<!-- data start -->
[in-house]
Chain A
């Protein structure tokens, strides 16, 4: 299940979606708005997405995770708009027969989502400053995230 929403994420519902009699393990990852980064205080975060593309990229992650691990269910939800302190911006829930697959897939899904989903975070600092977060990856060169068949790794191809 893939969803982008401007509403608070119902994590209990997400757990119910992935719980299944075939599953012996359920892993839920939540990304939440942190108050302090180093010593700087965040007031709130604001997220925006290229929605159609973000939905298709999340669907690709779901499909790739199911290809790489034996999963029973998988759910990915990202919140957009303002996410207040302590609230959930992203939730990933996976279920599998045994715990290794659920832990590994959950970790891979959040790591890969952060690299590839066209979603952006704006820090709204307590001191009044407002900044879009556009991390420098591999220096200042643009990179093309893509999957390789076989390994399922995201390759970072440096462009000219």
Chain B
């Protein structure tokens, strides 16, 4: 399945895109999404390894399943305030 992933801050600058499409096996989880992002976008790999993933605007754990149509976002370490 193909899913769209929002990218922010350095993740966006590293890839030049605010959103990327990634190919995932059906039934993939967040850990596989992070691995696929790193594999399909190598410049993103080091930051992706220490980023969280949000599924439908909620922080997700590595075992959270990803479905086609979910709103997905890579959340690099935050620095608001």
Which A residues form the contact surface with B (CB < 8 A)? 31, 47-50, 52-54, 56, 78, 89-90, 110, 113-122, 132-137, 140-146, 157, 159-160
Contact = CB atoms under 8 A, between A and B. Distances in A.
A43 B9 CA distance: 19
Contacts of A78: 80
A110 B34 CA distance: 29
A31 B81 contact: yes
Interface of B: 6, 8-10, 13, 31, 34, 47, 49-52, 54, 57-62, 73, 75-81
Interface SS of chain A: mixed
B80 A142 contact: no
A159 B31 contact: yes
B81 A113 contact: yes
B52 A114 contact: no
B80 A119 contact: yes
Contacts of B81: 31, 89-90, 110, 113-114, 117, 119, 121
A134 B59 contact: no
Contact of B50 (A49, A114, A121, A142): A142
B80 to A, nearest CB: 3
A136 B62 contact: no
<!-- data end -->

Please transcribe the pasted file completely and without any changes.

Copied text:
[in-house]
Chain A
């Protein structure tokens, strides 16, 4: 299940979606708005997405995770708009027969989502400053995230 929403994420519902009699393990990852980064205080975060593309990229992650691990269910939800302190911006829930697959897939899904989903975070600092977060990856060169068949790794191809 893939969803982008401007509403608070119902994590209990997400757990119910992935719980299944075939599953012996359920892993839920939540990304939440942190108050302090180093010593700087965040007031709130604001997220925006290229929605159609973000939905298709999340669907690709779901499909790739199911290809790489034996999963029973998988759910990915990202919140957009303002996410207040302590609230959930992203939730990933996976279920599998045994715990290794659920832990590994959950970790891979959040790591890969952060690299590839066209979603952006704006820090709204307590001191009044407002900044879009556009991390420098591999220096200042643009990179093309893509999957390789076989390994399922995201390759970072440096462009000219």
Chain B
């Protein structure tokens, strides 16, 4: 399945895109999404390894399943305030 992933801050600058499409096996989880992002976008790999993933605007754990149509976002370490 193909899913769209929002990218922010350095993740966006590293890839030049605010959103990327990634190919995932059906039934993939967040850990596989992070691995696929790193594999399909190598410049993103080091930051992706220490980023969280949000599924439908909620922080997700590595075992959270990803479905086609979910709103997905890579959340690099935050620095608001």
Which A residues form the contact surface with B (CB < 8 A)? 31, 47-50, 52-54, 56, 78, 89-90, 110, 113-122, 132-137, 140-146, 157, 159-160
Contact = CB atoms under 8 A, between A and B. Distances in A.
A43 B9 CA distance: 19
Contacts of A78: 80
A110 B34 CA distance: 29
A31 B81 contact: yes
Interface of B: 6, 8-10, 13, 31, 34, 47, 49-52, 54, 57-62, 73, 75-81
Interface SS of chain A: mixed
B80 A142 contact: no
A159 B31 contact: yes
B81 A113 contact: yes
B52 A114 contact: no
B80 A119 contact: yes
Contacts of B81: 31, 89-90, 110, 113-114, 117, 119, 121
A134 B59 contact: no
Contact of B50 (A49, A114, A121, A142): A142
B80 to A, nearest CB: 3
A136 B62 contact: no